nsiemensma at yahoo.com.au
Sun Jul 13 03:00:23 MDT 2003
Jurriaan, you have some interesting and important
things to say, nonetheless I disagreed with much of
your post. Unfortunately I don't have time to tackle
the specific points, but neither did you engage with
my simple remarks, but instead invoked a miserable
caricature of "Neanderthal and Fundamentalist
Marxists": in short, you created an army of strawmen.
Nothing I wrote suggests any belief in "Say's Law".
By trivialising your interlocutors you devalue the
importance of your own message, and that's a pity.
I'd also rather steer clear of discussing Marxist
crisis-theory, because it often ends up in useless
value-primers that are patronising and waste time.
That said, you can't pretend that there's an identity
between the overproduction of commodities and the
overproduction of capital, "because commodities are
just a form that capital takes". In fact the
overproduction of commodities can be a form of
appearance of the underproduction of capital. I think
we should begin by assuming that in Marx's theory of
crisis/equilibrium he was talking about overproduction
Anyhow, it's pointless to short the breeze about this
stuff in the near-absence of facts etc. There is a
powerful argument from both value theory and empirical
analysis to show that there is a desperate capital
shortage or famine at the heart of the world crisis.
This coheres with the obvious lack of social
infrastructure, mass poverty and squalor which cruelly
frustrate any residual hopes of "development"
entertained by around 4 billion people. Attempts to
base Marxism on theories of overproduction have
failed, IMHO, from the time of Hilferding and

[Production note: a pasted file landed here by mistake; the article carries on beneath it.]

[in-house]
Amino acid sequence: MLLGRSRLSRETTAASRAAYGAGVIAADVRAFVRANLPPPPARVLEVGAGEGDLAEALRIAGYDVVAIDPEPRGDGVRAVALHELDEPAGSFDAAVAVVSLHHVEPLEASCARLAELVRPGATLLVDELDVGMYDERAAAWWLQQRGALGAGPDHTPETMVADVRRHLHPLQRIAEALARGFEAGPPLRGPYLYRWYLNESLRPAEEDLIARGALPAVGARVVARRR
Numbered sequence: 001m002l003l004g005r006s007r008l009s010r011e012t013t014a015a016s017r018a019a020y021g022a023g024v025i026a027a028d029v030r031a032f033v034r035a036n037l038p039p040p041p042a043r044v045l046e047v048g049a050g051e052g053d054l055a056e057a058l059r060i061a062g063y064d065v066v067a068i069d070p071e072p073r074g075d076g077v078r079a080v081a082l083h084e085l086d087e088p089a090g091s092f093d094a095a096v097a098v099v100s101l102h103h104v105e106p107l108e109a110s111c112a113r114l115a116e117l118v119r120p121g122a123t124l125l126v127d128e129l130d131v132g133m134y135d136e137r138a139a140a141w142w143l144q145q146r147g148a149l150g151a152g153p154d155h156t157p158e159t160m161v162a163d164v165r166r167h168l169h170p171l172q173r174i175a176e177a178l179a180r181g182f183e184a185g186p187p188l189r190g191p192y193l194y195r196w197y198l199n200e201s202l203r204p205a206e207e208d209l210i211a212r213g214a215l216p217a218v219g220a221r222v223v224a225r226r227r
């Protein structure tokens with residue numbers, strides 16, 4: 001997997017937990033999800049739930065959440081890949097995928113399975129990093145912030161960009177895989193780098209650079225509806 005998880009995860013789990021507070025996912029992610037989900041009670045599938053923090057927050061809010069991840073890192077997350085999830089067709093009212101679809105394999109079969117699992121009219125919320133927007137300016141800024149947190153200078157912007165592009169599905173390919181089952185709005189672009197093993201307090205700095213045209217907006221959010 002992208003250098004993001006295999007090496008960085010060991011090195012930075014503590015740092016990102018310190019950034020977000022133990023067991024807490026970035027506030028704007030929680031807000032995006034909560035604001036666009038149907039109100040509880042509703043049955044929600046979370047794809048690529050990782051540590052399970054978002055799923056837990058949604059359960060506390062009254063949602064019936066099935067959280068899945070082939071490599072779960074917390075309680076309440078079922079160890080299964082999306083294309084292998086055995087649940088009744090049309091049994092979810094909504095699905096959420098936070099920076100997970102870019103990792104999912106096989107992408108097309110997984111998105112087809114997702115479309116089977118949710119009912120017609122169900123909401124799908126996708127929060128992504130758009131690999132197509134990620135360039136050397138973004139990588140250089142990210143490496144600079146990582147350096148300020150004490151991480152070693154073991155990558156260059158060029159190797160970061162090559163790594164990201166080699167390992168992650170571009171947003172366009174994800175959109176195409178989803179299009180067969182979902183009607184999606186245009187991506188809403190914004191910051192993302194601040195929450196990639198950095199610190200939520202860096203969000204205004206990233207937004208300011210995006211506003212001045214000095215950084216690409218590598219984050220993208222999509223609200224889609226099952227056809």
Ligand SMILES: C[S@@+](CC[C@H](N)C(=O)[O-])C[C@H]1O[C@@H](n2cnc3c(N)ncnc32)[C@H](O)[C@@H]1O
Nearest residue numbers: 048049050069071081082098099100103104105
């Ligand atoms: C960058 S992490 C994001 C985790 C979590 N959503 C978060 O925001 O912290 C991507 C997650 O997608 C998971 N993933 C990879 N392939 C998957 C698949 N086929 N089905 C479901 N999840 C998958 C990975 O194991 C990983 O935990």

Luxemburg, while great thinkers like Ernest Mandel and
Paul Sweezy did not understand overproduction.
Theories which ignore the reality of capital famine
also cannot relate and interconnect with the problem
of energy crisis and fundamental unsustainability. As
Henryk Grossmann pointed out, there is a simultaneous
process of under-accumulation and over-accumulation of
capital. This process is endemic and visible in every
sphere of production, linking together the materiality
of the world with the process of social reproduction
under capitalism. Only a higher rate of exploitation
and accumulation would have overcome the latent
overproduction of unproductive capital, and this
longstanding under-production of surplus-value
explains the inability to transform the technical
composition of capital and leapfrog bottlenecks. In
this light I strongly disagree with your
In any case, it is not just a matter of there being no
political will to implement Keynesian policies based
on accepting a need for more social justice or
restoring profitability. We can't put things down to
wilful perversity. There are more fundamental
reasons: the emergence of radical constraints blocking
the accumulation process. If enlightened Keynesian
policies were applied on a global scale and with the
intention of uplifting the global economy and creating
new prosperity and stimulated growth in the global
South, the only possible result would be a still more
serious inflationary slump, and where would you find
the necessary resources, energy and additional
ecosphere to externalise the costs of this mass
consumption (eg additional GHGs)?
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